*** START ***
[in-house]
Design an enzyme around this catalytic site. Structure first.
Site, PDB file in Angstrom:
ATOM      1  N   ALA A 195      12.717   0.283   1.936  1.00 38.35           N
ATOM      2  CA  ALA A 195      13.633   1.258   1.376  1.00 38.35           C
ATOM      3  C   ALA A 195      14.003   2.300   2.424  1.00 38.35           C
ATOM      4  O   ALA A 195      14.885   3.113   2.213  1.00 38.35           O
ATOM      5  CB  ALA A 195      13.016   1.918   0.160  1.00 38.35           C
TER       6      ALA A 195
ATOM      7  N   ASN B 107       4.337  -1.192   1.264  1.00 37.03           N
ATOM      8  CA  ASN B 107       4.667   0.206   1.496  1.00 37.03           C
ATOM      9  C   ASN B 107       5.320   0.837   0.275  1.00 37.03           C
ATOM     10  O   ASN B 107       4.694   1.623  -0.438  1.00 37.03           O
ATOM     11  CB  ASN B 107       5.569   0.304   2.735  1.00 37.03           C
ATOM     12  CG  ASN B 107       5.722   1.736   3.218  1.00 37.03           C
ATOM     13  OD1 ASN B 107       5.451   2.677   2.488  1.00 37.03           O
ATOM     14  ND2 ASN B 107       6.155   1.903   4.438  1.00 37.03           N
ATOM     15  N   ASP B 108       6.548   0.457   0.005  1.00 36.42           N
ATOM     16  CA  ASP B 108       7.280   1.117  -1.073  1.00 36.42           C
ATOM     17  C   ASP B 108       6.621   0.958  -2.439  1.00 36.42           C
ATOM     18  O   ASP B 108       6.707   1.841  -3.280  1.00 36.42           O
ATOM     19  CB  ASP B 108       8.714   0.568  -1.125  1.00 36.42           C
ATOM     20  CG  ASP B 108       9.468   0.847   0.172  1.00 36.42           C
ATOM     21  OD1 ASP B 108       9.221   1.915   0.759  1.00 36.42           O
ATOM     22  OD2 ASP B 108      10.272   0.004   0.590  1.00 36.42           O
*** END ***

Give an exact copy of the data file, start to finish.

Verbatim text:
[in-house]
Design an enzyme around this catalytic site. Structure first.
Site, PDB file in Angstrom:
ATOM      1  N   ALA A 195      12.717   0.283   1.936  1.00 38.35           N
ATOM      2  CA  ALA A 195      13.633   1.258   1.376  1.00 38.35           C
ATOM      3  C   ALA A 195      14.003   2.300   2.424  1.00 38.35           C
ATOM      4  O   ALA A 195      14.885   3.113   2.213  1.00 38.35           O
ATOM      5  CB  ALA A 195      13.016   1.918   0.160  1.00 38.35           C
TER       6      ALA A 195
ATOM      7  N   ASN B 107       4.337  -1.192   1.264  1.00 37.03           N
ATOM      8  CA  ASN B 107       4.667   0.206   1.496  1.00 37.03           C
ATOM      9  C   ASN B 107       5.320   0.837   0.275  1.00 37.03           C
ATOM     10  O   ASN B 107       4.694   1.623  -0.438  1.00 37.03           O
ATOM     11  CB  ASN B 107       5.569   0.304   2.735  1.00 37.03           C
ATOM     12  CG  ASN B 107       5.722   1.736   3.218  1.00 37.03           C
ATOM     13  OD1 ASN B 107       5.451   2.677   2.488  1.00 37.03           O
ATOM     14  ND2 ASN B 107       6.155   1.903   4.438  1.00 37.03           N
ATOM     15  N   ASP B 108       6.548   0.457   0.005  1.00 36.42           N
ATOM     16  CA  ASP B 108       7.280   1.117  -1.073  1.00 36.42           C
ATOM     17  C   ASP B 108       6.621   0.958  -2.439  1.00 36.42           C
ATOM     18  O   ASP B 108       6.707   1.841  -3.280  1.00 36.42           O
ATOM     19  CB  ASP B 108       8.714   0.568  -1.125  1.00 36.42           C
ATOM     20  CG  ASP B 108       9.468   0.847   0.172  1.00 36.42           C
ATOM     21  OD1 ASP B 108       9.221   1.915   0.759  1.00 36.42           O
ATOM     22  OD2 ASP B 108      10.272   0.004   0.590  1.00 36.42           O